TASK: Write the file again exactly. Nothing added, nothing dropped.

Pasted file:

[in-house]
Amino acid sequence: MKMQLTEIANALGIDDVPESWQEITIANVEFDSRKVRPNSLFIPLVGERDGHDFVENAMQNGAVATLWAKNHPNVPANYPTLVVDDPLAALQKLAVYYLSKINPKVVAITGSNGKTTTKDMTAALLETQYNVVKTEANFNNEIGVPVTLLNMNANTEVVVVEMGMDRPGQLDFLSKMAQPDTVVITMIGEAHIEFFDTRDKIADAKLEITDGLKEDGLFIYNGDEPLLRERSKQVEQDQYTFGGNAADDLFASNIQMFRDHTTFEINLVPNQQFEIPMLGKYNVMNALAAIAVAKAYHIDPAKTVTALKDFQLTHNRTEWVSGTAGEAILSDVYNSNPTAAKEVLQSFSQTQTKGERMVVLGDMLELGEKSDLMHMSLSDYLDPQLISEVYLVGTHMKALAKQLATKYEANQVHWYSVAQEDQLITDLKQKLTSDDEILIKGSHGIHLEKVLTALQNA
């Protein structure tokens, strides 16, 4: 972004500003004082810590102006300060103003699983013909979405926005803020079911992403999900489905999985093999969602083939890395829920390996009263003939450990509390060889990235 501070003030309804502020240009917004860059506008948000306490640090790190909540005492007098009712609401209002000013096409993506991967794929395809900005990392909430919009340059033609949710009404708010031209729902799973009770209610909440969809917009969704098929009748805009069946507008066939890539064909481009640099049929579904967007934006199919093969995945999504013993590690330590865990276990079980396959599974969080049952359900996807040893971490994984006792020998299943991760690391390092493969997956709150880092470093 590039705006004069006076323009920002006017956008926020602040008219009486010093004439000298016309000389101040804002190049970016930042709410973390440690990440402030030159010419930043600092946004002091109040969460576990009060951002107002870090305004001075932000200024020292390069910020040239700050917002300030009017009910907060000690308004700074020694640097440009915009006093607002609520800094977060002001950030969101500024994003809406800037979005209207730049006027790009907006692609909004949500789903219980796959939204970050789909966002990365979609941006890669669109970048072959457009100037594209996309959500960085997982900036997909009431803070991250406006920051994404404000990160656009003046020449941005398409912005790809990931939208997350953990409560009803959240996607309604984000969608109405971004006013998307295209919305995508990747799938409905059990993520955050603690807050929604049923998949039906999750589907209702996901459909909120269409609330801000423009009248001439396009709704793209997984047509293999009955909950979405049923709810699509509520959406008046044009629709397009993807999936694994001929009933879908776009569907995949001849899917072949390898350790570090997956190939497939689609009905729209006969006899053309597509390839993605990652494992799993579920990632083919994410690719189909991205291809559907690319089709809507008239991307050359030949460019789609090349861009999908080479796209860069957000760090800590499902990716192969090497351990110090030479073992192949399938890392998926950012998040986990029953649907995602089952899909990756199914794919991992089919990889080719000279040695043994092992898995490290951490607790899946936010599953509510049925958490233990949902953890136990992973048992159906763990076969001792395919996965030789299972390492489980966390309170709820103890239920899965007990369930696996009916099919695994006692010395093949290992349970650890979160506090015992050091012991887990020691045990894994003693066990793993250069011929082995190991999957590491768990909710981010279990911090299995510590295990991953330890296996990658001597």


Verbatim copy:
[in-house]
Amino acid sequence: MKMQLTEIANALGIDDVPESWQEITIANVEFDSRKVRPNSLFIPLVGERDGHDFVENAMQNGAVATLWAKNHPNVPANYPTLVVDDPLAALQKLAVYYLSKINPKVVAITGSNGKTTTKDMTAALLETQYNVVKTEANFNNEIGVPVTLLNMNANTEVVVVEMGMDRPGQLDFLSKMAQPDTVVITMIGEAHIEFFDTRDKIADAKLEITDGLKEDGLFIYNGDEPLLRERSKQVEQDQYTFGGNAADDLFASNIQMFRDHTTFEINLVPNQQFEIPMLGKYNVMNALAAIAVAKAYHIDPAKTVTALKDFQLTHNRTEWVSGTAGEAILSDVYNSNPTAAKEVLQSFSQTQTKGERMVVLGDMLELGEKSDLMHMSLSDYLDPQLISEVYLVGTHMKALAKQLATKYEANQVHWYSVAQEDQLITDLKQKLTSDDEILIKGSHGIHLEKVLTALQNA
């Protein structure tokens, strides 16, 4: 972004500003004082810590102006300060103003699983013909979405926005803020079911992403999900489905999985093999969602083939890395829920390996009263003939450990509390060889990235 501070003030309804502020240009917004860059506008948000306490640090790190909540005492007098009712609401209002000013096409993506991967794929395809900005990392909430919009340059033609949710009404708010031209729902799973009770209610909440969809917009969704098929009748805009069946507008066939890539064909481009640099049929579904967007934006199919093969995945999504013993590690330590865990276990079980396959599974969080049952359900996807040893971490994984006792020998299943991760690391390092493969997956709150880092470093 590039705006004069006076323009920002006017956008926020602040008219009486010093004439000298016309000389101040804002190049970016930042709410973390440690990440402030030159010419930043600092946004002091109040969460576990009060951002107002870090305004001075932000200024020292390069910020040239700050917002300030009017009910907060000690308004700074020694640097440009915009006093607002609520800094977060002001950030969101500024994003809406800037979005209207730049006027790009907006692609909004949500789903219980796959939204970050789909966002990365979609941006890669669109970048072959457009100037594209996309959500960085997982900036997909009431803070991250406006920051994404404000990160656009003046020449941005398409912005790809990931939208997350953990409560009803959240996607309604984000969608109405971004006013998307295209919305995508990747799938409905059990993520955050603690807050929604049923998949039906999750589907209702996901459909909120269409609330801000423009009248001439396009709704793209997984047509293999009955909950979405049923709810699509509520959406008046044009629709397009993807999936694994001929009933879908776009569907995949001849899917072949390898350790570090997956190939497939689609009905729209006969006899053309597509390839993605990652494992799993579920990632083919994410690719189909991205291809559907690319089709809507008239991307050359030949460019789609090349861009999908080479796209860069957000760090800590499902990716192969090497351990110090030479073992192949399938890392998926950012998040986990029953649907995602089952899909990756199914794919991992089919990889080719000279040695043994092992898995490290951490607790899946936010599953509510049925958490233990949902953890136990992973048992159906763990076969001792395919996965030789299972390492489980966390309170709820103890239920899965007990369930696996009916099919695994006692010395093949290992349970650890979160506090015992050091012991887990020691045990894994003693066990793993250069011929082995190991999957590491768990909710981010279990911090299995510590295990991953330890296996990658001597």